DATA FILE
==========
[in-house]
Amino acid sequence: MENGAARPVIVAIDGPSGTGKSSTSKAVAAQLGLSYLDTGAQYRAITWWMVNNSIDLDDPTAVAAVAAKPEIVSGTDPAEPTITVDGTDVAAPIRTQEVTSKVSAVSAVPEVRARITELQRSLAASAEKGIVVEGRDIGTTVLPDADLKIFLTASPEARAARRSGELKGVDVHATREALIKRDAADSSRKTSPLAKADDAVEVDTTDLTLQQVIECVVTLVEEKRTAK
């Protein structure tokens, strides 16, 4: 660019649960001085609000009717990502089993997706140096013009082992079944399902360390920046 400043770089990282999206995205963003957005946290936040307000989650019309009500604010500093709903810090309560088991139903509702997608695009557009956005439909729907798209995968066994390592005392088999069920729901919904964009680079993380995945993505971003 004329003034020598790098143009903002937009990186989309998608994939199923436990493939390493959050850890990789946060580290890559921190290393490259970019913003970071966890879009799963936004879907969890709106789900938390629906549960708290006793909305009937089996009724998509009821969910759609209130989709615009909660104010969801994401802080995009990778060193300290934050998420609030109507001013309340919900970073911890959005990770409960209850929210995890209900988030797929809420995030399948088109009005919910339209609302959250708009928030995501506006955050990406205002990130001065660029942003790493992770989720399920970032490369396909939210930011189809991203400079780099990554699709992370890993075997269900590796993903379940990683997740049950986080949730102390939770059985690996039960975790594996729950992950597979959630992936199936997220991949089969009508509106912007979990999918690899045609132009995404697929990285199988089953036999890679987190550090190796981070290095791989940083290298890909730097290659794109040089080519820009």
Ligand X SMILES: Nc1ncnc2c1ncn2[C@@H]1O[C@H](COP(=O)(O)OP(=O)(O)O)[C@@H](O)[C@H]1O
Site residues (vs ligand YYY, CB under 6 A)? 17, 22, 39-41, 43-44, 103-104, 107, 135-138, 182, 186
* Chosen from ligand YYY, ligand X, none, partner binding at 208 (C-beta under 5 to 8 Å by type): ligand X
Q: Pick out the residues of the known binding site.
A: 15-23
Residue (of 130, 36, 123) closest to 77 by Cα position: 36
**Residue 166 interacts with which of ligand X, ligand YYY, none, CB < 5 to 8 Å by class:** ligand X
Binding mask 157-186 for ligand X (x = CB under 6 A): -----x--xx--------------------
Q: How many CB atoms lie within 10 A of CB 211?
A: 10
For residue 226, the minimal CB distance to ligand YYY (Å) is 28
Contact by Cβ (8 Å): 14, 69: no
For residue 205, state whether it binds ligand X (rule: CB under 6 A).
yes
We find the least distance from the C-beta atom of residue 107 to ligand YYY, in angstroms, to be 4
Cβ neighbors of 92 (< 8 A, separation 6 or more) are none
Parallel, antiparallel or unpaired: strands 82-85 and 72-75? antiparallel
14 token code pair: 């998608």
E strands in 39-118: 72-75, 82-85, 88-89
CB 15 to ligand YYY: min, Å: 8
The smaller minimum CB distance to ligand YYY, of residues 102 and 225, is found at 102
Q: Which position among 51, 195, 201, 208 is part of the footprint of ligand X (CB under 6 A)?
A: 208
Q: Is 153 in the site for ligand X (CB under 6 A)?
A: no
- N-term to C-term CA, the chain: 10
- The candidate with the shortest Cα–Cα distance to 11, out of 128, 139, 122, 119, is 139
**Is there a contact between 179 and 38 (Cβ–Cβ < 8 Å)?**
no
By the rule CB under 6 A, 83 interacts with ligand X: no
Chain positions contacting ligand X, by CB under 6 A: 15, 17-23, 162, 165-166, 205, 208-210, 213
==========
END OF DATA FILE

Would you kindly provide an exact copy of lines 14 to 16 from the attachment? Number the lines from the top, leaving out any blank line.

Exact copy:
For residue 226, the minimal CB distance to ligand YYY (Å) is 28
Contact by Cβ (8 Å): 14, 69: no
For residue 205, state whether it binds ligand X (rule: CB under 6 A).